Just what does ‘Pro’ mean for camera equipment?
Should I only buy ‘pro’ cameras?
Does it help me become a better photographer?
So, when does ‘pro’ gear become worthwhile?
As a working photographer, I need to be able to rely on the equipment I use on jobs. Someone is paying for my time and what I’m taking photos of may not be repeatable.
The kind of kit people usually refer to as ‘Pro’ is typically better built and made for heavier use as a work tool.
I want equipment that I can trust – so I look for ‘Pro’ kit?
Well… no, I’ll admit that I dislike the term ‘Pro’ – it’s become just a marketing label to indicate more expensive or more complex ;-)
I’m looking for tools that help me do my job, tools that help my business create the product it sells. As with many other tradespeople, ‘pro’ photographers are producing products to be sold, and like a master carpenter, I like to know I’ve reliable chisels, and that I know the right chisel for the job.
If anyone has the money and inclination, then buy what you like – compared with many hobbies, spending £5000 on some kit is not that expensive (sailing and cars come to mind)
Unlike some, I do believe that having a better camera and lens can enable you to produce better photos. The big caveats are that:
- You know how to use the equipment
- You understand how the technology affects the types of images you can get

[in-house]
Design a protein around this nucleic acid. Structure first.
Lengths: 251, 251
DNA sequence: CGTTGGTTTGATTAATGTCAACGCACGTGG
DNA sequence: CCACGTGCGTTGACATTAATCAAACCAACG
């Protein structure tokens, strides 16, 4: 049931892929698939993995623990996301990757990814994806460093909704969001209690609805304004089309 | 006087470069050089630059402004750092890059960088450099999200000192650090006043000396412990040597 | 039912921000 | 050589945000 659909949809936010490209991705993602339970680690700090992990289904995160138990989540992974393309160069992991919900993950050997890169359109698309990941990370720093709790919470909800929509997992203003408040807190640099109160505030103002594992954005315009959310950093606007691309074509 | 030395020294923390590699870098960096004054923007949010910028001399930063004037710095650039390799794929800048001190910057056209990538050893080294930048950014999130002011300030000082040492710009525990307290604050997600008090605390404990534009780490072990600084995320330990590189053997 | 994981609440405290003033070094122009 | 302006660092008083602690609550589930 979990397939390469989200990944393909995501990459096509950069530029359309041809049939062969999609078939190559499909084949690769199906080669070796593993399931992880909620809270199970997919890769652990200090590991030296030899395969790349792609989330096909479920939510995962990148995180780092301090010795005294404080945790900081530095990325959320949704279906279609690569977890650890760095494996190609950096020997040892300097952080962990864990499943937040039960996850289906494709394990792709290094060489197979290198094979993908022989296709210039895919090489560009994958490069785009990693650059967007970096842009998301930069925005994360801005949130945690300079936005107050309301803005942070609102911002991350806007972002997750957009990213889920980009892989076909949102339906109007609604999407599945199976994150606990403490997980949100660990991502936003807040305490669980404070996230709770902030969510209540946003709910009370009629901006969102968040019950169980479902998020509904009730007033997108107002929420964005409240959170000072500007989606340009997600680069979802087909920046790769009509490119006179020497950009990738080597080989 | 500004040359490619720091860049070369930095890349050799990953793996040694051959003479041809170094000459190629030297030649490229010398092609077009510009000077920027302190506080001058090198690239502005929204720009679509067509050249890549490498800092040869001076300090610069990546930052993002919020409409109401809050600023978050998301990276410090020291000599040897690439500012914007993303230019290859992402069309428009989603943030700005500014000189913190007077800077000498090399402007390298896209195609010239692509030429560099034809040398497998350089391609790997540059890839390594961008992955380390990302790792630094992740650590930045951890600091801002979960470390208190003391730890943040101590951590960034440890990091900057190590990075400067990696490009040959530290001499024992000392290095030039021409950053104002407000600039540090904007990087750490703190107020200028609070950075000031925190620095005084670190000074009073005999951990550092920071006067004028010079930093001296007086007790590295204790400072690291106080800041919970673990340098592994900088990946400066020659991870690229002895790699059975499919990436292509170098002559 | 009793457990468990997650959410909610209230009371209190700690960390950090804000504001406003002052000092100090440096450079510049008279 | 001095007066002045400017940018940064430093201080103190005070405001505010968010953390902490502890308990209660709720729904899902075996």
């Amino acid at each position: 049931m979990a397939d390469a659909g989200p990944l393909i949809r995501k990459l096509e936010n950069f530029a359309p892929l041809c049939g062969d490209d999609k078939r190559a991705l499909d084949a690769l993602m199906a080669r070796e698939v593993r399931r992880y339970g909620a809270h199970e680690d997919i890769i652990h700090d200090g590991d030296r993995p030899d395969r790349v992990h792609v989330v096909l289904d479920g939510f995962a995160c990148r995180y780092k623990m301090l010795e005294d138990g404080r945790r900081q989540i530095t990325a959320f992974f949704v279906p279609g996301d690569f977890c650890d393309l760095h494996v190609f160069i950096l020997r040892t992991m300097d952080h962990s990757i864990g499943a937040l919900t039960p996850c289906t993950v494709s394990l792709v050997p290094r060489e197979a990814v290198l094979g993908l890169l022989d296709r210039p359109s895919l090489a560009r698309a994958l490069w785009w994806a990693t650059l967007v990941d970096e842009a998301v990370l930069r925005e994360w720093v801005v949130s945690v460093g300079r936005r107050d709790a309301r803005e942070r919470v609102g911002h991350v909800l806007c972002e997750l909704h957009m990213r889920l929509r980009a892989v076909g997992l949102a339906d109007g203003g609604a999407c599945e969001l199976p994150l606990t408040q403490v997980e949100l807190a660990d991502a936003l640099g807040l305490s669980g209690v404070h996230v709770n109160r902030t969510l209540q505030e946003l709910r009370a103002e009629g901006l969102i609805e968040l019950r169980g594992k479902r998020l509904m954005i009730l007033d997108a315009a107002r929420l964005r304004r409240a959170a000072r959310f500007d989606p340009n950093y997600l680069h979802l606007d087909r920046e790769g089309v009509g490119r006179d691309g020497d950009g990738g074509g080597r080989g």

- The image is going to be used in a context where the difference will show
The most obvious example is where I’m not going using my iPhone, when I know a client wants a 60″ x 40″ architectural print… ;-)
Note that I’d never say you can’t take good pictures on a rubbish camera, just that their overall usefulness may be rather limited – Lomography, yep, heard of that… ;-)
Let’s envisage 2 camera setups
- Canon EOS 7D (8 frames per second(fps), fairly good autofocus (AF)) with EF400mm f/2.8L IS II USM
- Canon EOS1100D ( 2 fps, basic AF) with Canon EF400mm f/5.6L USM
The experienced nature photographer could get good photos with either setup, but will likely get a higher proportion with the much more expensive kit (the 400/2.8 is over £8000)
The photographer new to nature photography will also benefit from the more expensive kit, since the image stabilisation (IS) and higher FPS will give them more sharp photos (they just may not be very good)
The difference is that the experienced and knowledgeable photographer will derive much more benefit from using specialised equipment. Experience becomes a multiplier for the technical advantages.
The lenses I’ve got in the photo above only really come into their own when you know how to use their special features (see –using tilt and shift)
As a working ‘pro’ photographer, the tricky bit is deciding which new expensive bit of kit will really be of benefit for our business… but that’s another question altogether (see the photographer in the orange hat)
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